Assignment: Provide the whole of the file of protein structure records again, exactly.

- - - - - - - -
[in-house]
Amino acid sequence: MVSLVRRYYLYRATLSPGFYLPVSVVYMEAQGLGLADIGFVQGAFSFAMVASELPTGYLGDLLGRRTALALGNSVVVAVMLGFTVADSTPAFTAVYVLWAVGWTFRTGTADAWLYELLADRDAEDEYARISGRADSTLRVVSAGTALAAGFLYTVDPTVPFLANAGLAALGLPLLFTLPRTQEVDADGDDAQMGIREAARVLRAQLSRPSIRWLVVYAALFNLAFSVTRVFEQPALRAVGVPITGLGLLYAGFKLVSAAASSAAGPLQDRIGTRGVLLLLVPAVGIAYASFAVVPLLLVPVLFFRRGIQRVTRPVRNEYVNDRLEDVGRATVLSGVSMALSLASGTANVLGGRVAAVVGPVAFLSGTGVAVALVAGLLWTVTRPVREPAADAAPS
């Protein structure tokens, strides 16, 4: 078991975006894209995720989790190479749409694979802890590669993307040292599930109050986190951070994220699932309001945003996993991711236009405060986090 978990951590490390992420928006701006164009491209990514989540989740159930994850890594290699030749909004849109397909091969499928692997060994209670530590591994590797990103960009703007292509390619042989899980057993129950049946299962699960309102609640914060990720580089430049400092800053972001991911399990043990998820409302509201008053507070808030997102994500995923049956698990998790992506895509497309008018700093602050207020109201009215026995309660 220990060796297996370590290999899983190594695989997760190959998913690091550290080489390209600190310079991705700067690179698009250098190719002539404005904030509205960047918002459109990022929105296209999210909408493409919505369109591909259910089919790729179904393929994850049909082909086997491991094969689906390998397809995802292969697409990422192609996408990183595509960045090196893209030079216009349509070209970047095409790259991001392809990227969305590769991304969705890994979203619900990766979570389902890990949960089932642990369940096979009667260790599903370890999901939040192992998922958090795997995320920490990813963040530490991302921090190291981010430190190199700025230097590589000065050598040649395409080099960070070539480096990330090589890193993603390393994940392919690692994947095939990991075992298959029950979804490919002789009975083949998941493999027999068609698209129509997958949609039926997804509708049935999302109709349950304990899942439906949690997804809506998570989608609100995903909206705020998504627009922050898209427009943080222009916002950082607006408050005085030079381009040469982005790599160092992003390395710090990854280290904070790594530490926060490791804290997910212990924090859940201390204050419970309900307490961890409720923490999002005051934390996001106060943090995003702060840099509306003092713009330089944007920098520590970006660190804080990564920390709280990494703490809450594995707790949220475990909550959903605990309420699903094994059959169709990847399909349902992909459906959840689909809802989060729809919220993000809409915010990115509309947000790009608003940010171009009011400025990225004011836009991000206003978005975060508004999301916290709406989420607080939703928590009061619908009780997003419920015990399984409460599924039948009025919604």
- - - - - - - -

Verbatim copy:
[in-house]
Amino acid sequence: MVSLVRRYYLYRATLSPGFYLPVSVVYMEAQGLGLADIGFVQGAFSFAMVASELPTGYLGDLLGRRTALALGNSVVVAVMLGFTVADSTPAFTAVYVLWAVGWTFRTGTADAWLYELLADRDAEDEYARISGRADSTLRVVSAGTALAAGFLYTVDPTVPFLANAGLAALGLPLLFTLPRTQEVDADGDDAQMGIREAARVLRAQLSRPSIRWLVVYAALFNLAFSVTRVFEQPALRAVGVPITGLGLLYAGFKLVSAAASSAAGPLQDRIGTRGVLLLLVPAVGIAYASFAVVPLLLVPVLFFRRGIQRVTRPVRNEYVNDRLEDVGRATVLSGVSMALSLASGTANVLGGRVAAVVGPVAFLSGTGVAVALVAGLLWTVTRPVREPAADAAPS
């Protein structure tokens, strides 16, 4: 078991975006894209995720989790190479749409694979802890590669993307040292599930109050986190951070994220699932309001945003996993991711236009405060986090 978990951590490390992420928006701006164009491209990514989540989740159930994850890594290699030749909004849109397909091969499928692997060994209670530590591994590797990103960009703007292509390619042989899980057993129950049946299962699960309102609640914060990720580089430049400092800053972001991911399990043990998820409302509201008053507070808030997102994500995923049956698990998790992506895509497309008018700093602050207020109201009215026995309660 220990060796297996370590290999899983190594695989997760190959998913690091550290080489390209600190310079991705700067690179698009250098190719002539404005904030509205960047918002459109990022929105296209999210909408493409919505369109591909259910089919790729179904393929994850049909082909086997491991094969689906390998397809995802292969697409990422192609996408990183595509960045090196893209030079216009349509070209970047095409790259991001392809990227969305590769991304969705890994979203619900990766979570389902890990949960089932642990369940096979009667260790599903370890999901939040192992998922958090795997995320920490990813963040530490991302921090190291981010430190190199700025230097590589000065050598040649395409080099960070070539480096990330090589890193993603390393994940392919690692994947095939990991075992298959029950979804490919002789009975083949998941493999027999068609698209129509997958949609039926997804509708049935999302109709349950304990899942439906949690997804809506998570989608609100995903909206705020998504627009922050898209427009943080222009916002950082607006408050005085030079381009040469982005790599160092992003390395710090990854280290904070790594530490926060490791804290997910212990924090859940201390204050419970309900307490961890409720923490999002005051934390996001106060943090995003702060840099509306003092713009330089944007920098520590970006660190804080990564920390709280990494703490809450594995707790949220475990909550959903605990309420699903094994059959169709990847399909349902992909459906959840689909809802989060729809919220993000809409915010990115509309947000790009608003940010171009009011400025990225004011836009991000206003978005975060508004999301916290709406989420607080939703928590009061619908009780997003419920015990399984409460599924039948009025919604």